She then debunked the idea that the facial expression she pulled afterwards was a direct reaction to the incident; Merkel said she had simply "given up" on trying to pull a pokerface in such situations.

"I simply can't do it - that was always my problem in school," she said.

On a more serious point in relation to the US, Merkel said "As Europeans it's our duty to take responsibility, and no longer completely rely on the US," she said.

Friends and enemies

Merkel was also asked whether she preferred to surround herself with the likes of French President Emmanuel Macron and Canadian Prime Minister Justin Trudeau, who appear to share much of her values as opposed to Russia's Putin or the US' Trump, to which she replied: "I don't surround myself [with them], but naturally I keep in touch with them."

The interview showed more of Merkel's private side instead of dwelling on her political agenda
The interview showed more of Merkel's private side instead of dwelling on her political agendaImage: picture-alliance/dpa/J. Carstensen

"It is also my role to understand the way my counterpart thinks," Merkel explained while admitting that some of her counterparts were more pleasant that others.

All things considered, Merkel came across as comfortable with herself, and she has good reason to feel that way. Her only real opponent in the race for German chancellor is Social Democrat Martin Schulz, who recently accused Merkel of launching an "assault on democracy" alleging she was discouraging political debate in the run-up to the election.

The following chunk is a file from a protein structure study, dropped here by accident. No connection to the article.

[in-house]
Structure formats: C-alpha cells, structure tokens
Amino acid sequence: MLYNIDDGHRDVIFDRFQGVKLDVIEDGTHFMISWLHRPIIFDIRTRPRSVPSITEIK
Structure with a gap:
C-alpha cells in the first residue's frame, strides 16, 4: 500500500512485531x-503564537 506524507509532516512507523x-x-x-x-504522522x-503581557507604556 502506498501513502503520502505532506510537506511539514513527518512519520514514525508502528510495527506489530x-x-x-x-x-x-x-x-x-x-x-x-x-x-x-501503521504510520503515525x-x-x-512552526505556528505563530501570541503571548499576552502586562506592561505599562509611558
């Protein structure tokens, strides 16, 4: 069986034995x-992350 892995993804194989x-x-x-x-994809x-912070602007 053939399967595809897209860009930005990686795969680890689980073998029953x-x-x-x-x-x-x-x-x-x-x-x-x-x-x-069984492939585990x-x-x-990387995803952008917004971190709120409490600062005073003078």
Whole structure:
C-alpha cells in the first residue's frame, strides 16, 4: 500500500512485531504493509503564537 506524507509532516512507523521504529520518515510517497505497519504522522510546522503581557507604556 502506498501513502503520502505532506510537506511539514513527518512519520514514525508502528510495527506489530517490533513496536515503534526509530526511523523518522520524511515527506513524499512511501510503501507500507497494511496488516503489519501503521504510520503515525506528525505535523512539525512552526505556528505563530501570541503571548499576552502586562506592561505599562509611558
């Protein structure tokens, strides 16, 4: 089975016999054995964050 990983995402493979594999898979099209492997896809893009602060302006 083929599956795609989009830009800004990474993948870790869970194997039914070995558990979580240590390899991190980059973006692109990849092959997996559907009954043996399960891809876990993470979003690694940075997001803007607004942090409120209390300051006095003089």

Merkel - who has a healthy lead in the opinion polls - told the audience that she simply ignores such comments, implying that they should too.

A decision of conscience

With just a few minutes left for questions from the audience, a gay man challenged the chancellor on the issue of same-sex marriage: He said that he wanted to know when he would finally be allowed to refer to his registered partner as "my husband."

Merkel replied that she had noticed that all other parties in the Bundestag were in favor of same-sex marriage, and that the idea of gay marriage enjoyed widespread support among German voters. And then she dropped an unexpected political bombshell: Merkel said she "hopes" that the debate will shift "into the direction of a decision of conscience."

In non-political speak this mean that there could soon be a vote in the Bundestag without party whip control on the issue, suggesting that same-sex marriage may only be months away from becoming a legal reality in Germany.

Merkel's change of approach

But that wasn't the only sign of the seismic shift in her leadership style on display: just before the end of the interview, a young migrant from Afghanistan asked the chancellor why his asylum claim was taking so long. It is a touchy subject for Merkel.

Almost two years ago to the day a Palestinian teenage girl by the name of Reem broke into tears when the German chancellor explained to her that she may have to leave Germany when she asked a similar question. Merkel then explained that there were thousands of cases like hers, and that she could make no exceptions. It was a PR disaster that went viral, often cited as evidence for Merkel's alleged lack of human touch.

The German chancellor made sure this embarrassment would not be repeated tonight: Merkel asked the young man to give her his name so she could see "whether she could speed things up a bit."